• 7
    Problem returns after reboot. This is not permanent. – jwinn Dec 30 '16 at 4:41


enter image description here

To keep your current mysql settings and disable ONLY_FULL_GROUP_BY I suggest to visit your phpmyadmin or whatever client you are using and type:

SELECT REPLACE(@@sql_mode,'ONLY_FULL_GROUP_BY','') copy_me

next copy result to your my.ini file.

mint: sudo nano /etc/mysql/my.cnf

ubuntu 16 and up: sudo nano /etc/mysql/my.cnf

ubuntu 14-16: /etc/mysql/mysql.conf.d/mysqld.cnf

Caution! copy_me result can contain a long text which might be trimmed by default. Make sure you copy whole text!

old answer:

If you want to disable permanently error "Expression #N of SELECT list is not in GROUP BY clause and contains nonaggregated column 'db.table.COL' which is not functionally dependent on columns in GROUP BY clause; this is incompatible with sql_mode=only_full_group_by" do those steps:

  1. sudo nano /etc/mysql/my.cnf
  2. Add this to the end of the file

  3. sudo service mysql restart to restart MySQL

This will disable ONLY_FULL_GROUP_BY for ALL users

  • 11
    this helped much more – MFAL May 19 '16 at 8:15
  • 2
    for me, setting the mysqld tag on the same line didn't work, but is did work with a line break :) thanks – bloub Jun 21 '16 at 14:55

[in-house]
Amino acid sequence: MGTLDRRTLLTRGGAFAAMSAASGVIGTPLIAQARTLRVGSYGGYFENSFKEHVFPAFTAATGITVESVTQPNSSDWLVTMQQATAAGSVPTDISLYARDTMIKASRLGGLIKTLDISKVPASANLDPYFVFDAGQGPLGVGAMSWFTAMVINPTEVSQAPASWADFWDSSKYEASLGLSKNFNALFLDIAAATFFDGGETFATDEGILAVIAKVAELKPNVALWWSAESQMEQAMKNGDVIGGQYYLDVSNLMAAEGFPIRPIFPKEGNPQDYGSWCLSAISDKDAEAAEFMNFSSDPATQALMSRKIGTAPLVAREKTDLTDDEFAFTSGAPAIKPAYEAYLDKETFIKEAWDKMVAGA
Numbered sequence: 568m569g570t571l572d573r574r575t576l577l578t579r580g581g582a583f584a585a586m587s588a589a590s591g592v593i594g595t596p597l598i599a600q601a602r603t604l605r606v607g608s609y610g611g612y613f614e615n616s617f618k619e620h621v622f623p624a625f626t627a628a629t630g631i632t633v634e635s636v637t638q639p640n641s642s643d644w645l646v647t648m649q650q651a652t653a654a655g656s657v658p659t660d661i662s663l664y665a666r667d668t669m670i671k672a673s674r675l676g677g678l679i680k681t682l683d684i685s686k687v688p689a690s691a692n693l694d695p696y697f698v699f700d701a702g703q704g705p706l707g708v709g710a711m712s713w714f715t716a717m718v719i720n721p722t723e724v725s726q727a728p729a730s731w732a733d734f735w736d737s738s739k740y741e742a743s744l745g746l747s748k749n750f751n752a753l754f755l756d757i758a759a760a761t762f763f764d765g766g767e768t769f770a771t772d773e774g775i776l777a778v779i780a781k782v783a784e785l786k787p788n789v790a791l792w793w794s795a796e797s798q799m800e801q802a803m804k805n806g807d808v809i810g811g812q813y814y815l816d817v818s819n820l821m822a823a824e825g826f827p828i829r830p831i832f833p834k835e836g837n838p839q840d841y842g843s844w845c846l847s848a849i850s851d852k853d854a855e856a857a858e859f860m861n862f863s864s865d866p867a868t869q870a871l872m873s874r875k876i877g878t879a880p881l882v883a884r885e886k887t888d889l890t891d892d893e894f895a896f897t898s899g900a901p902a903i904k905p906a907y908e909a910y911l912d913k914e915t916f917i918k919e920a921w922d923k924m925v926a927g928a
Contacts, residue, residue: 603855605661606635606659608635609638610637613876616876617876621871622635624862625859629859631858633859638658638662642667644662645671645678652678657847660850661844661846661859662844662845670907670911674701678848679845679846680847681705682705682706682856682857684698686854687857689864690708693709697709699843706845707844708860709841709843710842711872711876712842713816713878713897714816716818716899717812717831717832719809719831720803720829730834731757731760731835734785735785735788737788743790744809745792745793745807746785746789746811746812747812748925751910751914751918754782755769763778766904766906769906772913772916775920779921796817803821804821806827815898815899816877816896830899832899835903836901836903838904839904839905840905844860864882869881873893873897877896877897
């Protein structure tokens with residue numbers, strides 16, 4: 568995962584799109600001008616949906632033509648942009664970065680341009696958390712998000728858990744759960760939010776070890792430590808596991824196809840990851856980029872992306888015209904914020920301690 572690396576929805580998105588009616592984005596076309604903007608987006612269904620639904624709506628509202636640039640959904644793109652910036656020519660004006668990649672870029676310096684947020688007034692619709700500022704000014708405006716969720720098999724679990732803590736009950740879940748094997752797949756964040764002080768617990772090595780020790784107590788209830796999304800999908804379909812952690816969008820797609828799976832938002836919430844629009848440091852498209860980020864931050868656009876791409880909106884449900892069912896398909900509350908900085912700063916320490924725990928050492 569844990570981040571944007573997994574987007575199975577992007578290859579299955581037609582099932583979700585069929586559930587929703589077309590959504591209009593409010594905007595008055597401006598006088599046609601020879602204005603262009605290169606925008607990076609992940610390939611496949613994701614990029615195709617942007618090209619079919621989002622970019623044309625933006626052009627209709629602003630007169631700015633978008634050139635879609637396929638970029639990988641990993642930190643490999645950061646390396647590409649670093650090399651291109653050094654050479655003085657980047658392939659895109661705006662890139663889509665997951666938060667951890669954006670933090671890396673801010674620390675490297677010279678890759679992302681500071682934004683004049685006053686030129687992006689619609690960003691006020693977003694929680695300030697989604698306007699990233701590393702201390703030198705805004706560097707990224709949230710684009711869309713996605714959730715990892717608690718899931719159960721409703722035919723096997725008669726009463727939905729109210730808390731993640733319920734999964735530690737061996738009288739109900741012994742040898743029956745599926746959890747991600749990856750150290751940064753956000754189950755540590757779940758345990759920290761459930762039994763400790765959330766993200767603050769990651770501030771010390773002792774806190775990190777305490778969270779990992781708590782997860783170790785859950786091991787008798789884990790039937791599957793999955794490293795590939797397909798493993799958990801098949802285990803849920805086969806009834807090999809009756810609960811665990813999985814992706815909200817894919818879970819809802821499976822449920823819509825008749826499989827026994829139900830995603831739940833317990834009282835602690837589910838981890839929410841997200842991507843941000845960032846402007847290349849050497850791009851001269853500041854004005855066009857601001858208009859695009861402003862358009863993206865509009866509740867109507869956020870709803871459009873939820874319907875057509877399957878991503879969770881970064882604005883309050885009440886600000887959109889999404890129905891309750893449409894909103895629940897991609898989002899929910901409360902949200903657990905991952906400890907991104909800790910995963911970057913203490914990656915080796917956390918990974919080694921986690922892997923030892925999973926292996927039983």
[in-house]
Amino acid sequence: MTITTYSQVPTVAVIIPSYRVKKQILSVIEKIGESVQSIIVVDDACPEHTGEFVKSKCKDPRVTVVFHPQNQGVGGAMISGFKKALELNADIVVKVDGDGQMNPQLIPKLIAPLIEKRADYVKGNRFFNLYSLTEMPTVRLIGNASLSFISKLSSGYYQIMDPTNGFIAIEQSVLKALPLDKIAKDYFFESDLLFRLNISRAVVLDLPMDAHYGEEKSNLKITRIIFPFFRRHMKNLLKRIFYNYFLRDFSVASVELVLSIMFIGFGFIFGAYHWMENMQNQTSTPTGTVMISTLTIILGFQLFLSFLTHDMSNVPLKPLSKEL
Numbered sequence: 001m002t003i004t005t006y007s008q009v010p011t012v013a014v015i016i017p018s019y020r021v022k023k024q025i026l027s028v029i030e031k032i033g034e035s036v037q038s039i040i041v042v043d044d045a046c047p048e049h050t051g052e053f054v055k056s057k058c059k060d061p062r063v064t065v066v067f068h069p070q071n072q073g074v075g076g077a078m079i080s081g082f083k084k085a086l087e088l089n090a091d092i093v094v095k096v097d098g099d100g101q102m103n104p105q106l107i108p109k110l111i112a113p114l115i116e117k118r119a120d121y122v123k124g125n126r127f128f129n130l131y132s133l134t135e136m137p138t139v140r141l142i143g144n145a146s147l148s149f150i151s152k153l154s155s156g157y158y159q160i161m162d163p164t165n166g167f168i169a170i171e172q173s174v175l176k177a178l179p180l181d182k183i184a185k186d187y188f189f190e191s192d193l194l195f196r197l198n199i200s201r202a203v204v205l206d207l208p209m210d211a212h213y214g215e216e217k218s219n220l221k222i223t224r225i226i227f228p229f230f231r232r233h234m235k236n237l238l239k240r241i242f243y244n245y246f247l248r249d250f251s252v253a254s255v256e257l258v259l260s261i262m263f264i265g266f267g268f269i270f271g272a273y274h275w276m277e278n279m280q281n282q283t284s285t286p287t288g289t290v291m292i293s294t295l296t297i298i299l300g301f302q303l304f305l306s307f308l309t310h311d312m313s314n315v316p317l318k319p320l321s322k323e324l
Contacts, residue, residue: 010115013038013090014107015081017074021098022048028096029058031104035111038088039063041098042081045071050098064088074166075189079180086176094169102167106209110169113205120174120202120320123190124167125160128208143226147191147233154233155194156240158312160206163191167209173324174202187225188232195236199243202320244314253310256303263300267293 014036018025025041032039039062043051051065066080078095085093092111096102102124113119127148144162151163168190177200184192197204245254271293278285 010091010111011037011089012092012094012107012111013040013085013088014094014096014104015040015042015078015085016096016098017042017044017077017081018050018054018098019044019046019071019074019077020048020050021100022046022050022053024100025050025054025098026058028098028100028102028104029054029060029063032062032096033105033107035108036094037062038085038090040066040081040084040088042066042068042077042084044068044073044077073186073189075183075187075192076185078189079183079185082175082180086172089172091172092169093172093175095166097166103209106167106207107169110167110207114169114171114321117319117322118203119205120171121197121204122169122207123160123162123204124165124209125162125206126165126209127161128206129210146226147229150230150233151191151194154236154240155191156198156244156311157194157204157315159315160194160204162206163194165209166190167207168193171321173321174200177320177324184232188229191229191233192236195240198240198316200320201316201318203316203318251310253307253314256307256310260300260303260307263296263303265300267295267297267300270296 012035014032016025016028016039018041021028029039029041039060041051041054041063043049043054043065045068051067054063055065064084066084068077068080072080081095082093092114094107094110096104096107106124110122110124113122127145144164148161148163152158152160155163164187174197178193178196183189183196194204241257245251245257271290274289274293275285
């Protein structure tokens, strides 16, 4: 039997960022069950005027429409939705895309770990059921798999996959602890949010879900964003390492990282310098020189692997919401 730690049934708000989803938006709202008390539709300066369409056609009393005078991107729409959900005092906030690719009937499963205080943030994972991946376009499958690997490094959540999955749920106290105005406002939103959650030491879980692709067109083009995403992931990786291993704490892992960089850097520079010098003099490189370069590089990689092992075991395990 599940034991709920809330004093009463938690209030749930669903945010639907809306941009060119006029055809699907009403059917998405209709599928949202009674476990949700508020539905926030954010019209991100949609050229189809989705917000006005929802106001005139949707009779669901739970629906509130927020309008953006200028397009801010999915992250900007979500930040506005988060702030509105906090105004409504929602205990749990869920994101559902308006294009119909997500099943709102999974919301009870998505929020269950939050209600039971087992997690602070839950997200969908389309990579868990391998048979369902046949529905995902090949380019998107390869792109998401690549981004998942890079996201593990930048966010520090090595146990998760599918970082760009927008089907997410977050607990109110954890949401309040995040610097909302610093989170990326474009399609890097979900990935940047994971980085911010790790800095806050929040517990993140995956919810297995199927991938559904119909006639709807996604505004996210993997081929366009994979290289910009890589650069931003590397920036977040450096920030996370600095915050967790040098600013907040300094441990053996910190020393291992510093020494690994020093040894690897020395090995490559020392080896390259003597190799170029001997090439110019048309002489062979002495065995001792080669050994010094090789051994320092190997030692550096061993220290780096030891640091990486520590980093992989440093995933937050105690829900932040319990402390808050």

• 2
    Worked like butter on bread! Thanks. – Jonas Lomholdt Jul 7 '16 at 9:59
  • 17
    For ubuntu, the file where custom config values go is /etc/mysql/mysql.conf.d/mysqld.cnf – knb Aug 23 '16 at 12:02
  • 3
    This worked for Ubuntu 16.04 (14 to 16 upgrade woes..). The /etc/mysql/my.cnf is the correct file. The file mentioned by knb is included within this my.cnf file, in 16.04 at least (configuration is now split up into multiple files). – jwinn Dec 30 '16 at 4:52

Be careful using

SET sql_mode = '' 

This actually clears all the modes currently enabled. If you don't want to mess with other settings, you'll want to do a

SELECT @@sql_mode 

first, to get a comma-separated list of the modes enabled, then SET it to this list without the ONLY_FULL_GROUP_BY option.

  • 1
    working like a charm – Santa's helper Dec 8 '15 at 14:49
  • What's the best way to do this: then SET it to this list without the ONLY_FULL_GROUP_BY option.? – Kevin Meredith Dec 18 '15 at 17:37